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Tip #1: Get users before the app is released.
As of July 2015, the Apple App Store offered approximately 1.5 million apps for download, while the Google Play Store offered Android users 1.6 million apps. It’s safe to say a good handful of these never get downloaded more than a few times, though reports differ on exactly how many apps suffer that fate.
Plenty of barely-downloaded apps are worthless, but there are a lot of gems that go undiscovered because they weren’t marketed to stand out from their hundreds, thousands, or hundreds of thousands of competitors.
Fortunately, a little effort can make a difference. We’re going to assume you’re doing the obvious stuff for marketing an app, like interacting with your target audience on social media, creating a microsite for the app and acquiring email addresses so you can send progress reports and launch news to prospective users.
Get Users Before the Release
If you wait until launch time to start pursuing users, you’re behind the curve.
One of the best examples we’ve seen of user onboarding before release was done by Thread. Thread is a mobile dating app exclusively for intra-campus college students. They let students sign up for the app and create user profiles, even though the app wasn’t actually available yet. Then on the night of release, Thread hosted a launch party at the University of Texas, and students who wanted to attend had to use the app as their ticket into the party. Those two moves ensured Thread had a healthy user base on Day 1.
The Society of Wine Educators similarly held off on releasing their wine quiz app until just before their biggest conference of the year. They invited Jackrabbit Mobile to the conference to present the application to hundreds of SWE members, complete with an in-person tutorial and a Q&A. Not only did they start off with a good user base, their users were highly relevant – ensuring ongoing engagement with the app (there were over 200,000 quizzes attempted within the first six months!).
App Store Optimization
With most apps, the majority of users just come from browsing in the app store, so optimizing your app for the App or Play store is a sink-or-swim initiative.
Surprisingly, the general app description isn’t a big driver for in-store search rankings. Here are the things that DO matter:
- Reviews: Apps with positive user reviews get priority in the stores. With each version of your app, the reviews start over from scratch, so it’s important to mobilize a small group of people to review every new release.
- App Title: The keywords here have more weight in rankings than keywords in the keywords section!
- App Store Keywords: As mentioned, keywords are just somewhat important. Put your four most important keywords first.
- App Screenshots: Screenshots are for showing off the app’s features; description text is for selling the app’s benefits. Use compelling, high-quality screenshots with color and feeling to keep prospective users interested.
You don’t have a lot of control over reviews, but one of the best ways to make sure you nail the other three areas is just to browse the app stores on a regular basis and take notes on what the highest-rankers do and don’t do. Run searches to discover apps similar to yours or apps that target your same audience, and look for patterns in the top-listed titles, keywords and screenshots.
If you want to put a little more time into it, our project manager Grayson Smith put together a whole course about app store optimization! You can check it out at Udemy.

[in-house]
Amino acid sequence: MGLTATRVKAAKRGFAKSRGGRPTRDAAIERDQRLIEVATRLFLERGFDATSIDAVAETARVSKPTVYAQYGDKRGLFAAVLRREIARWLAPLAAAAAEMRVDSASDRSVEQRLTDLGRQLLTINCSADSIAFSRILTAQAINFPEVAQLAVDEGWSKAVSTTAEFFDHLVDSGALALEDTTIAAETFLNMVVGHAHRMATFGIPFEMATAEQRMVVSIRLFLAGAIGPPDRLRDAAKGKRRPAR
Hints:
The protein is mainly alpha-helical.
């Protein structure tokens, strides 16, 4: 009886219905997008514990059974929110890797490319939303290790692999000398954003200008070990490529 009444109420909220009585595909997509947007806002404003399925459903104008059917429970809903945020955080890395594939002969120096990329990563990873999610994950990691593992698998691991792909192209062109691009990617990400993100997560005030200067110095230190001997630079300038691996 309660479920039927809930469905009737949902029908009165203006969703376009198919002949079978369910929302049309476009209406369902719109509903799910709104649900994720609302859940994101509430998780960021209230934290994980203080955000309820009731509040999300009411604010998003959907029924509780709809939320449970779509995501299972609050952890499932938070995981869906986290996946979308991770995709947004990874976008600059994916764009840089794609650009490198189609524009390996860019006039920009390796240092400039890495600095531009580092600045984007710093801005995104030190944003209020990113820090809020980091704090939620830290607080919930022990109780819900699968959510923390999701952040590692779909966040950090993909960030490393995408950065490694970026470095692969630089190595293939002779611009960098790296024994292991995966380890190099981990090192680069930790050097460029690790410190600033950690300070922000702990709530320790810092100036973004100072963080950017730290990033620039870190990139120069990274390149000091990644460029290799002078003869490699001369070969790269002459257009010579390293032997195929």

Promoting Your App with Paid Ads
Good old fashioned digital ads can add a few percentage points to your download stats for about $100, give or take. Just make sure the ads are meaningful, to-the-point and only show up on the type of websites that your target audience frequents.
But, before you starting pumping in ad money, make sure you have a clear path to measuring return on your investment. If you’re making money through in-app purchases, that means you know what percentage of downloads convert into paying users, and from there can calculate the value of each download.
Social Media Targeted Ads
Facebook, Twitter, LinkedIn, Pinterest, Instagram and other social media platforms all let you promote posts or run advertisements to a highly specific audience. In most cases, you can limit who sees your app ad or sponsored post based on things like age, gender, personal interests and job title. Cost varies depending on which platforms you choose and how long you run your ads, but just $100 is often enough to get results.
A good place to start here is Facebook. Use the targeting features as much as possible to cater to a specific audience you think will be receptive to the problem your app is solving.
App Directory Listings
They’re not exactly ads, but there are different types of app directories that qualify and categorize apps for users who are searching for a specific type of app. The cost varies per site, and many of them charge based on the number of downloads your listing generates.
AppBrain organizes, reviews and ranks apps. Zapier helps users find new work-automation apps and connect complementary apps together. Even the Lifehacker website has an app directory that details the best apps for everything from finding a restaurant to managing a budget.
Submission to these directories doesn’t guarantee a good review or even a listing, but it’s always worth a shot.
Ask the Pros
We excel at what we do, which is design and build great apps. We’re no marketing agency, BUT we have worked with a lot of great brands and know how to market an app to get excited audiences and rave reviews. We’ve pretty much seen it all, and are happy to work with our clients in making sure their apps meet success. Got a question? Ask us.
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